To start, we—and many readers—have guessed that when it comes to vaccination, partisans who have not gotten the shot(s) might be persuaded by members of their own party, but might be driven further in the anti-vaxx direction by members of the other party. Now, a new study from scholars at Stanford, Columbia, Northwestern, and MIT—all of them schools nearly as good as UCLA, and so worth taking seriously—confirms these suspicions. Specifically, unvaccinated Republicans who were shown a pro-vaxx message from a prominent Republican were 7% more likely to express intent to get vaccinated than those who were shown a pro-vaxx message from a prominent Democrat. The folks shown a pro-vaxx message from a neutral speaker were 5.7% more likely to express intent to get vaccinated. This suggests that when an unvaccinated Republican hears from a Republican, it helps a little. And when they hear from a Democrat, it hurts a lot.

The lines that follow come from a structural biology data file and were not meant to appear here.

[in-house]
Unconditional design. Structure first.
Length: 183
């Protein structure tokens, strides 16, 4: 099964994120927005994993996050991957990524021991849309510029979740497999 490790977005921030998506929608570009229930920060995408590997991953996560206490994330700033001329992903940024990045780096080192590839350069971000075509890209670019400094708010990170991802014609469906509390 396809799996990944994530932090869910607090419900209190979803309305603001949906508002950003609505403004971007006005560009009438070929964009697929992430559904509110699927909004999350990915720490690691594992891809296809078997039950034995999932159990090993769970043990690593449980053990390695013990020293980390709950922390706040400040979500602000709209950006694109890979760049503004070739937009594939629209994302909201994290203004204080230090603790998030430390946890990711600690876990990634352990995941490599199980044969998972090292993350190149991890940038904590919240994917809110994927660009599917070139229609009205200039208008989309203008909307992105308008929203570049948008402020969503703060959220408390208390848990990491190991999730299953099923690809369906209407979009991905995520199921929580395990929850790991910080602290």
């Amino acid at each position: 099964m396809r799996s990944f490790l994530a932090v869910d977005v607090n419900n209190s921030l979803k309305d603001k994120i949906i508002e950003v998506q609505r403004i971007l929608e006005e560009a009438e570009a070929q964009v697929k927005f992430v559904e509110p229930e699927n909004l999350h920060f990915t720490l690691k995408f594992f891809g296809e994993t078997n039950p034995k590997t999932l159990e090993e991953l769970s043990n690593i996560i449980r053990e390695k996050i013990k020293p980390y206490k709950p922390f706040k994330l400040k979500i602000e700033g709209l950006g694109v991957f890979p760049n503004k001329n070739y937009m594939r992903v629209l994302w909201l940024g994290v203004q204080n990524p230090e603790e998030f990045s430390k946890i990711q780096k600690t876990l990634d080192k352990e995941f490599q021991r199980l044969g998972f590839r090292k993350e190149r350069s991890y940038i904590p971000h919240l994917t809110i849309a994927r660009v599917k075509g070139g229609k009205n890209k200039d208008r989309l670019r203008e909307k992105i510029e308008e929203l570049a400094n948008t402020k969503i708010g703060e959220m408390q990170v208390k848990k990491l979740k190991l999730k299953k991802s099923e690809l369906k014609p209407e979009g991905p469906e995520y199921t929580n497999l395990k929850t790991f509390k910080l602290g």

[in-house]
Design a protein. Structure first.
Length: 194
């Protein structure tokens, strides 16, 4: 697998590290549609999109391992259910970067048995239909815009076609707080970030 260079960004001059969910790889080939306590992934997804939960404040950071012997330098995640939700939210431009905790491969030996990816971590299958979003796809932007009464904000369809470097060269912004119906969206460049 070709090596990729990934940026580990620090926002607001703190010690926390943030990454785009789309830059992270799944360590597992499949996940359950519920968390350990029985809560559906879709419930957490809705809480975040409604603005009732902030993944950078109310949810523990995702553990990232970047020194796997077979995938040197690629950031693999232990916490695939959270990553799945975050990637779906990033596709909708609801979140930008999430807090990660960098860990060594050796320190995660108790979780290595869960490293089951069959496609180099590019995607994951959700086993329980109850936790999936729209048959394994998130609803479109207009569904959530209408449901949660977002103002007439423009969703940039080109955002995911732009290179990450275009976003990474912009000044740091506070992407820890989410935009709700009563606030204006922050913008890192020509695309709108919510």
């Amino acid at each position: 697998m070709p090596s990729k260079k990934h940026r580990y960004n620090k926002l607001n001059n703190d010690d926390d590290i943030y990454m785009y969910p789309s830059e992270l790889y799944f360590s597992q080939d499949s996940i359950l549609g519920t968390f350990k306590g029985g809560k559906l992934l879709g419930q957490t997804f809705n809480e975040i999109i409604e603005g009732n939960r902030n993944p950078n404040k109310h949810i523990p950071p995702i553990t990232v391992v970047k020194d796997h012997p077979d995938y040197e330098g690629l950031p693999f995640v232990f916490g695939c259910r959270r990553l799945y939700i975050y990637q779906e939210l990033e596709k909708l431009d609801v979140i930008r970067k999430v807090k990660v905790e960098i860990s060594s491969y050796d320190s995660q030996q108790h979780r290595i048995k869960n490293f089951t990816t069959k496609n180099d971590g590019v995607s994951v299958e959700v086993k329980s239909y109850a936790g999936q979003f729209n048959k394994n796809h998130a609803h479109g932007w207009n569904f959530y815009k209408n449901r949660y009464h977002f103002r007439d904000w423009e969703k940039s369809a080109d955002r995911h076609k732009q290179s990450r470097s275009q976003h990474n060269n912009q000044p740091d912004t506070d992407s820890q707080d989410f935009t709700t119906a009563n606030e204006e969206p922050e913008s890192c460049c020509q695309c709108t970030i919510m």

Meanwhile, we have also guessed that 2022 candidate for reelection, and aspiring 2024 presidential candidate Ron DeSantis is going to be hurt by his aggressive stance against measures designed to control the pandemic. It didn't work for Donald Trump, so why should it work for him? And yesterday, St. Pete Polls released the first poll of the cycle in which DeSantis is not the favorite in next year's gubernatorial election. They give the Governor a 43.7% approval rating against 48.5% disapproval, putting him underwater by about 5 points. And they have former and aspiring future governor Charlie Crist (D, but previously R) up on DeSantis, 45.3% to 43.8%. The other leading Democrat, Nikki Fried, still trails DeSantis, but only by a few points 45.1% to 41.8%.